For many lawyers seeking employment, the legal industry is a crowded one. Not only do you have to compete with all of the others in your field who are also looking for jobs, but there isn’t necessarily even enough demand to accommodate everyone with a law degree. In 2015, the national unemployment rate for law graduates was 15.5 percent, according to the National Association for Law Placement — about triple the overall unemployment rate at that time. So when you’re up against these odds, what can you do to increase your chances of employment?
Thankfully, there are steps you can take to stand out from the crowd. Here are a few tips for lawyers on how to get hired:
1. Apply everywhere.
The rule of thumb when few jobs are available is to apply to as many jobs as possible. Be generous with your applications, and send out resumes to every company you can think of, even ones that you wouldn’t necessarily consider if you had your pick of firms. This means that many lawyers actually end up going into consulting, which can pay much better than law and have more openings, even if it’s not what you originally imagined working in.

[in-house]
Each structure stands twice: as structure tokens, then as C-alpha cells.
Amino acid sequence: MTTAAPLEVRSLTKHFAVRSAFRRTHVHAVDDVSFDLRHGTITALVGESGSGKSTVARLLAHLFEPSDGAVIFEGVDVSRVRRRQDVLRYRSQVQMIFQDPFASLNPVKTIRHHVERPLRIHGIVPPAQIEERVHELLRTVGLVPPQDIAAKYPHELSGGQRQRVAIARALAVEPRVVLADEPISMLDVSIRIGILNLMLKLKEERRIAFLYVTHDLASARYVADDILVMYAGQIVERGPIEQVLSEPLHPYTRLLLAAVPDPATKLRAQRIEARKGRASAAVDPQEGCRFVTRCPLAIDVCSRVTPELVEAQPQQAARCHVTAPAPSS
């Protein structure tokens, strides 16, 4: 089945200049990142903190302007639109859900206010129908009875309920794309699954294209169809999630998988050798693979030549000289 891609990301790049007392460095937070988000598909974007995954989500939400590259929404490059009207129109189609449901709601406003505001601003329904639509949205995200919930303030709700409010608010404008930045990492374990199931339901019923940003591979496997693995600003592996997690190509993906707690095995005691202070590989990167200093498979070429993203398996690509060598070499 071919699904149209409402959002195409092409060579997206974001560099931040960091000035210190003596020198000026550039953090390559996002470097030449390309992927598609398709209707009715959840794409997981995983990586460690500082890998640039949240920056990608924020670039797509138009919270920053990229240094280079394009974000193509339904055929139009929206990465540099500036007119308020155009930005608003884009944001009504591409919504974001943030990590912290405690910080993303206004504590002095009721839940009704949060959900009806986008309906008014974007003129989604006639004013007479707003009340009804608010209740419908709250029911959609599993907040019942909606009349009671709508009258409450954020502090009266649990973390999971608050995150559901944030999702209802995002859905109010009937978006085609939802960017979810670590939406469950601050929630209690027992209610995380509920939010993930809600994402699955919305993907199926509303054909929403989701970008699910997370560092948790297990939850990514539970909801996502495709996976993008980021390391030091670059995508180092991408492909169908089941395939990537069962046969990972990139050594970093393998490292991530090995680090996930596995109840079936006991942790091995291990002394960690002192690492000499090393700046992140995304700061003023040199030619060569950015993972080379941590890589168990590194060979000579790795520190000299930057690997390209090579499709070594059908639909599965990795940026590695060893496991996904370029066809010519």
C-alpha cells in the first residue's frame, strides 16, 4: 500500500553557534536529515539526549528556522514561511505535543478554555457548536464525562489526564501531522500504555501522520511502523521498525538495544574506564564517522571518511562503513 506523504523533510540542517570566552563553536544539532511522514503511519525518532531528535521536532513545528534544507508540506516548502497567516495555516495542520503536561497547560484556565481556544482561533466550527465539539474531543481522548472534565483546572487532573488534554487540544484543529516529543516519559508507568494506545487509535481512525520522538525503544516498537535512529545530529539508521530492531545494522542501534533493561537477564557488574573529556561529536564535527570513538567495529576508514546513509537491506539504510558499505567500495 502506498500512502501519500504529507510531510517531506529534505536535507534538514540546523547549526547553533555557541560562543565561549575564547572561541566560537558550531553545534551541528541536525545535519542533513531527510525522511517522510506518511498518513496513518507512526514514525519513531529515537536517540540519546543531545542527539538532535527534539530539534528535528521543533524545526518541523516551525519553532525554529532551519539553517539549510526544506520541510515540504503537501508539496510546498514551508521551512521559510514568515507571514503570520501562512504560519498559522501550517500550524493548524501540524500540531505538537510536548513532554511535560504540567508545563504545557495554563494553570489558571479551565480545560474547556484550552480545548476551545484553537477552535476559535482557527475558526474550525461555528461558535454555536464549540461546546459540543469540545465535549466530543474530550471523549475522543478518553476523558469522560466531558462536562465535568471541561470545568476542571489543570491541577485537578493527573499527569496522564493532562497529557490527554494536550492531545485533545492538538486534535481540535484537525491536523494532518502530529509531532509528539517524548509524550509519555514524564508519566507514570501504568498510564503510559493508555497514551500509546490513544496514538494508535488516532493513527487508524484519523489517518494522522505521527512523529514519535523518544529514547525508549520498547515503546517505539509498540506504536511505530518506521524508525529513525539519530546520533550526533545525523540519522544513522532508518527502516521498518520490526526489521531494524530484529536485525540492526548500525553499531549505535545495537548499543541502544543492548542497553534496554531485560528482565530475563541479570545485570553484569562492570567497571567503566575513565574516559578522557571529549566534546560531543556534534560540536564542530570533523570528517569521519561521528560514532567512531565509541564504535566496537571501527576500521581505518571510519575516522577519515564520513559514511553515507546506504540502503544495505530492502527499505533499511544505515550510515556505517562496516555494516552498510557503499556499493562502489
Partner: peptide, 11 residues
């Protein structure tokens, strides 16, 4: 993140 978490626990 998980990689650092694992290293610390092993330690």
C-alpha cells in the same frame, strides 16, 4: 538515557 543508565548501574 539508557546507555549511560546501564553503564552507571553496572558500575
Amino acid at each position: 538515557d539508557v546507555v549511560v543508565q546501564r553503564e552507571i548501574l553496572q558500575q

2. Be flexible.
Because there’s relatively few legal jobs compared to the number of candidates searching for them, you can’t allow yourself to be restricted to a certain geographic area unless you have connections there and plan to get hired that way. There are many law firms across the country that are seeking capable, enthusiastic candidates, and you may have to widen your idea of where you want to live if you want to get a job.
3. Be presentable.
So much of the legal profession is about how people perceive you, which is why it’s so important to look your best, whether at interviews or networking events. Exude a confident, enthusiastic attitude, and show that you are put-together and organized.
4. Double-check everything.
A spelling error on a resume can kill any semblance of professionalism you have put together. Mailing in your resume physically is still the best way to get noticed (short of meeting someone at the company), so double-, triple- and quadruple-check everything to make sure that it is ready to send out.